- the blocking or holding back of one psychological process by another.
- inappropriate conscious or unconscious restraint or suppression of behavior, as sexual behavior, often due to guilt or fear produced by past punishment, or sometimes considered a dispositional trait.
- a restraining, arresting, or checking of the action of an organ or cell.
- the reduction of a reflex or other activity as the result of an antagonistic stimulation.
- a state created at synapses making them less excitable by other sources of stimulation.
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Origin of inhibition
OTHER WORDS FROM inhibitionin·ter·in·hi·bi·tion, noun
Words nearby inhibition
Example sentences from the Web for inhibition
Conscious, slow, deep breaths cause sympathoinhibition, or inhibition of the sympathetic nervous system, which is exactly what gets over-excited when you’re anxious or stressed.How to keep your anxiety from spiraling out of control|Sara Chodosh|January 15, 2021|Popular Science
The blow keeps you awake and the alcohol lowers your inhibitions.Guitar legend Eddie Van Halen dies of cancer at 65|radmarya|October 6, 2020|Fortune
So the team conducted separate analyses of enzyme activity which found no protease inhibition at all.A popular heartburn medicine doesn’t work as a COVID-19 antiviral|Tina Hesman Saey|July 27, 2020|Science News
Adaptations to responses other than fear may also have built on this coupling of heartbeat and inhibition.How Your Heart Influences What You Perceive and Fear|Jordana Cepelewicz|July 6, 2020|Quanta Magazine
That’s why I like “social inhibition” or “bystander inhibition,” because that tells you what the effect is.5 Psychology Terms You’re Probably Misusing (Ep. 334 Rebroadcast)|Stephen J. Dubner|January 9, 2020|Freakonomics
But the author of the more recent and definitive three-volume life, Robert Skidelsky, felt no such inhibition.
In an all-girls class, he says, girls are encouraged to speak up without inhibition.Classroom Warfare: Same-Sex Classes at Public Schools Ignite a Fight |Abigail Pesta|August 22, 2012|DAILY BEAST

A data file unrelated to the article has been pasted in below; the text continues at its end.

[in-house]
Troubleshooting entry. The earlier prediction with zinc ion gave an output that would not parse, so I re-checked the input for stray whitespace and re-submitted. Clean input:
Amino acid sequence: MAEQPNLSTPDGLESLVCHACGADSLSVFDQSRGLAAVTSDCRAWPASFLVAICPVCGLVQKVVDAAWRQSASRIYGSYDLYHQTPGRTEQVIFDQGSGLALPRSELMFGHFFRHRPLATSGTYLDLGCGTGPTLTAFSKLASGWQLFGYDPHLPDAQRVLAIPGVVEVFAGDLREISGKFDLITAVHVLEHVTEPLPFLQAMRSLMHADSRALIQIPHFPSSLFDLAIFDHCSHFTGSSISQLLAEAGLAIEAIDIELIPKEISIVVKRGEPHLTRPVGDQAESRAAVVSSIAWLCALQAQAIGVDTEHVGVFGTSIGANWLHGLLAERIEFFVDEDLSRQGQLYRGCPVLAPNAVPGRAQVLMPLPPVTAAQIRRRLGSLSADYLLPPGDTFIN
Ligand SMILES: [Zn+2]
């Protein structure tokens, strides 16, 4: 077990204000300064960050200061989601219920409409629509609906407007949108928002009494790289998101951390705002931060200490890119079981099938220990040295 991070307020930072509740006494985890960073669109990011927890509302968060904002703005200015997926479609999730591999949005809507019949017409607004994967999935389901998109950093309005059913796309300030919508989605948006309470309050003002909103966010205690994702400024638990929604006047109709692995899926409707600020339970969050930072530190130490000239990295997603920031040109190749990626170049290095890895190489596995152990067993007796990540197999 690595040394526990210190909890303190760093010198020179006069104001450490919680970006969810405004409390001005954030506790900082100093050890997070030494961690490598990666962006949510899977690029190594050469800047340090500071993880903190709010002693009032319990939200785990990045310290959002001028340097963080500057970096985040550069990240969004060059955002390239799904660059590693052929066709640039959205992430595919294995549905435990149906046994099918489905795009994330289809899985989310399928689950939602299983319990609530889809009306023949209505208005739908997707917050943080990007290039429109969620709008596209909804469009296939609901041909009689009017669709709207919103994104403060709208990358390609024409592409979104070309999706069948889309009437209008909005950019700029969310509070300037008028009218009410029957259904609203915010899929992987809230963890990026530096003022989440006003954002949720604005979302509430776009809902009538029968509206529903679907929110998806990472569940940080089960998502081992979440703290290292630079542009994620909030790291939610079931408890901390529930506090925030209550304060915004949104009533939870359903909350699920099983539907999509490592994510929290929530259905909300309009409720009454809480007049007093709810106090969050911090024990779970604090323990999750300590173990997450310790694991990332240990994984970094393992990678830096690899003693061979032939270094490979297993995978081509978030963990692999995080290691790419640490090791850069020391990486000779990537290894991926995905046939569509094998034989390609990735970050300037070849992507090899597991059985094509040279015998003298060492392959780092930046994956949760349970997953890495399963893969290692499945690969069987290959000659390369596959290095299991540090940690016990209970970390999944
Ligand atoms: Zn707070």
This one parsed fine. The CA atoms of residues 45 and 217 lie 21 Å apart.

Hanging can trigger a reflex known as vagal inhibition, which can instantly stop the heart.Mary Kennedy’s Last Days: Distress From RFK Divorce, New Girlfriend|Michael Daly|May 18, 2012|DAILY BEAST
Her ADHD subjects were particularly masterful when the talent in question involved a lack of inhibition.
Driven without inhibition or pause, until another hand grasped mine.The Extinction Parade: An Original Zombie Story by Max Brooks|Max Brooks|January 14, 2011|DAILY BEAST
No plays should be given during the time of sickness, or during any inhibition ordered at any time by the city authorities.Shakespearean Playhouses|Joseph Quincy Adams
Physical inhibition in the growth of the brain involves, on the mental side, feeble-mindedness and idiocy.Psychotherapy|Hugo Mnsterberg
But not satisfied with this, she determined to be revenged on her husband by obtaining, if possible, his inhibition.Yorkshire Oddities, Incidents and Strange Events|S. Baring-Gould
Movements and contractions due to nervousness are entirely purposeless; they even defy the most earnest efforts at inhibition.The Psychology of Singing|David C. Taylor
Flogging has become a pleasure purchasable in our streets, and inhibition a grown-up habit that children play at.A Treatise on Parents and Children|George Bernard Shaw
British Dictionary definitions for inhibition
- a mental state or condition in which the varieties of expression and behaviour of an individual become restricted
- the weakening of a learned response usually as a result of extinction or because of the presence of a distracting stimulus
- (in psychoanalytical theory) the unconscious restraining of an impulseSee also repression
Medical definitions for inhibition
Scientific definitions for inhibition
Cultural definitions for inhibition
A personal hindrance to activity or expression. For example, fear of contracting cancer might serve as an inhibition against smoking.